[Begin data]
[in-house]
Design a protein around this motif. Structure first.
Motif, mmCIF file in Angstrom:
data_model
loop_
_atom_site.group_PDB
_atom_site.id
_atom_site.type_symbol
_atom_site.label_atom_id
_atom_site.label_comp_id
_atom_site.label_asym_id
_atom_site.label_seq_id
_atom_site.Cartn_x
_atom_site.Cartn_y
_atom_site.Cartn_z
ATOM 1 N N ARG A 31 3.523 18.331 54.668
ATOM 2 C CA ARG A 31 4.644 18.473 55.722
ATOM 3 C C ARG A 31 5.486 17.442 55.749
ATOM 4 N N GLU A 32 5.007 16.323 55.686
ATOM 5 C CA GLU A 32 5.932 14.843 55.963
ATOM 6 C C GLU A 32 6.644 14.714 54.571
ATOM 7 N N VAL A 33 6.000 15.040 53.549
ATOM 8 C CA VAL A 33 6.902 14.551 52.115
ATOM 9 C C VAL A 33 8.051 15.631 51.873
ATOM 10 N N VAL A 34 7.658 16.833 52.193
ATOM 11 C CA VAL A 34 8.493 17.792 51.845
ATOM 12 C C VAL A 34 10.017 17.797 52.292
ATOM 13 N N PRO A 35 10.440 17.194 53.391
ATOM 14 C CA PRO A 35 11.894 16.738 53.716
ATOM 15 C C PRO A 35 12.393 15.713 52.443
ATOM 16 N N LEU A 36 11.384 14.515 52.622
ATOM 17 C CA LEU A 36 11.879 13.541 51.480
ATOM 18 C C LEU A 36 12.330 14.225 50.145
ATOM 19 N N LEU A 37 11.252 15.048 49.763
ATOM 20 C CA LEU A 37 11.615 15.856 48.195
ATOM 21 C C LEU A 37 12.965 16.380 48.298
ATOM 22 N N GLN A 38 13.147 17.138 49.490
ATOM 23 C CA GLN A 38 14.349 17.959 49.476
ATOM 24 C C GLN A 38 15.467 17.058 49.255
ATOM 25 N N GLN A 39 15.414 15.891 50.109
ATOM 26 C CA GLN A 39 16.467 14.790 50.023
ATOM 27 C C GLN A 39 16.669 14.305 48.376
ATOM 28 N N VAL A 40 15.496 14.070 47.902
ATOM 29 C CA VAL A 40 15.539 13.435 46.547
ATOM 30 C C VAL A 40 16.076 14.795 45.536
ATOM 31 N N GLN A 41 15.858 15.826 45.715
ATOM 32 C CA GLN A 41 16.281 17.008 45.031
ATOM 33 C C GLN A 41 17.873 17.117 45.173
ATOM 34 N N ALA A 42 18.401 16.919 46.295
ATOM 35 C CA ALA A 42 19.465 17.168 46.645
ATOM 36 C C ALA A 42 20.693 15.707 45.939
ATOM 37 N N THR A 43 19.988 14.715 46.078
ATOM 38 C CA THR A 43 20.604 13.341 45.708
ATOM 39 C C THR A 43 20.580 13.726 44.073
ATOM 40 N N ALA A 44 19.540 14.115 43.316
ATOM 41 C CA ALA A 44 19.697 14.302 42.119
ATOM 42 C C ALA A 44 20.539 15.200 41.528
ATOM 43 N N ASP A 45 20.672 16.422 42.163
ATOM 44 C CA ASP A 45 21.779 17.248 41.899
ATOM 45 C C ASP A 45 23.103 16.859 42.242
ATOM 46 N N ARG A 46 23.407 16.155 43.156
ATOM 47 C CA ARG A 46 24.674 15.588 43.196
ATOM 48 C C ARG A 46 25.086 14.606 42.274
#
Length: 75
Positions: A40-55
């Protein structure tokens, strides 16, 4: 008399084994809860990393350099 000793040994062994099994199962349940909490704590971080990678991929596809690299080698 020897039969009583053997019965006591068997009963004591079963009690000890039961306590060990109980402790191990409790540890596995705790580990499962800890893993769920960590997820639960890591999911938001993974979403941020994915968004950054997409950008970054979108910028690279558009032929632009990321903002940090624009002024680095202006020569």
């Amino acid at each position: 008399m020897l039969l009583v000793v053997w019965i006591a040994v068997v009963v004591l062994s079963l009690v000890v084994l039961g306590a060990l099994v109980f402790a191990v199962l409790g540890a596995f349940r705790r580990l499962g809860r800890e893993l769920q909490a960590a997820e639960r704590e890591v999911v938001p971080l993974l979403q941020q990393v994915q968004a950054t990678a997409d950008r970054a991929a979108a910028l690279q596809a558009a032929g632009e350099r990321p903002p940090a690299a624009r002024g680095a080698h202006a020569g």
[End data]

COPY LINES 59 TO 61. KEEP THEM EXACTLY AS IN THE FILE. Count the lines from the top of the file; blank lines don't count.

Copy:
ATOM 44 C CA ASP A 45 21.779 17.248 41.899
ATOM 45 C C ASP A 45 23.103 16.859 42.242
ATOM 46 N N ARG A 46 23.407 16.155 43.156